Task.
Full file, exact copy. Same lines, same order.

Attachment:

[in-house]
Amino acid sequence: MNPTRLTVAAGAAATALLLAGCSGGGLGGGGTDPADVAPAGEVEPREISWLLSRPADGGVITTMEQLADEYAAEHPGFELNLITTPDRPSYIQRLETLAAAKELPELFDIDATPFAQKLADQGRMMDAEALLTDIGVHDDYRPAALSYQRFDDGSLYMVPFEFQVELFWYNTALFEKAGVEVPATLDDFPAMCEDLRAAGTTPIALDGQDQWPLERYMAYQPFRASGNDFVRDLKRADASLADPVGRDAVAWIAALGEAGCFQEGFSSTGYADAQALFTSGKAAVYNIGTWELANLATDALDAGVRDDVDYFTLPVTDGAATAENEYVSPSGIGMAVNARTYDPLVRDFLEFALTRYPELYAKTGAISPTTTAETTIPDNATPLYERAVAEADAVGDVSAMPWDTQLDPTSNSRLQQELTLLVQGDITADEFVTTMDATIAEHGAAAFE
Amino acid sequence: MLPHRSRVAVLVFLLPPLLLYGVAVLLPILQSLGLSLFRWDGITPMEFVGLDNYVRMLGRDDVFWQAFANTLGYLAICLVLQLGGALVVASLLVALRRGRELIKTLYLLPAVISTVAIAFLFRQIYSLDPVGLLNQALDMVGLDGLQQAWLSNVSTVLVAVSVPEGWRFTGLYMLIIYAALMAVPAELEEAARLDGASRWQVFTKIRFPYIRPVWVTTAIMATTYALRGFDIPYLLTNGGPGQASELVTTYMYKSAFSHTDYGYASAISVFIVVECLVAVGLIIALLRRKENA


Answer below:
[in-house]
Amino acid sequence: MNPTRLTVAAGAAATALLLAGCSGGGLGGGGTDPADVAPAGEVEPREISWLLSRPADGGVITTMEQLADEYAAEHPGFELNLITTPDRPSYIQRLETLAAAKELPELFDIDATPFAQKLADQGRMMDAEALLTDIGVHDDYRPAALSYQRFDDGSLYMVPFEFQVELFWYNTALFEKAGVEVPATLDDFPAMCEDLRAAGTTPIALDGQDQWPLERYMAYQPFRASGNDFVRDLKRADASLADPVGRDAVAWIAALGEAGCFQEGFSSTGYADAQALFTSGKAAVYNIGTWELANLATDALDAGVRDDVDYFTLPVTDGAATAENEYVSPSGIGMAVNARTYDPLVRDFLEFALTRYPELYAKTGAISPTTTAETTIPDNATPLYERAVAEADAVGDVSAMPWDTQLDPTSNSRLQQELTLLVQGDITADEFVTTMDATIAEHGAAAFE
Amino acid sequence: MLPHRSRVAVLVFLLPPLLLYGVAVLLPILQSLGLSLFRWDGITPMEFVGLDNYVRMLGRDDVFWQAFANTLGYLAICLVLQLGGALVVASLLVALRRGRELIKTLYLLPAVISTVAIAFLFRQIYSLDPVGLLNQALDMVGLDGLQQAWLSNVSTVLVAVSVPEGWRFTGLYMLIIYAALMAVPAELEEAARLDGASRWQVFTKIRFPYIRPVWVTTAIMATTYALRGFDIPYLLTNGGPGQASELVTTYMYKSAFSHTDYGYASAISVFIVVECLVAVGLIIALLRRKENA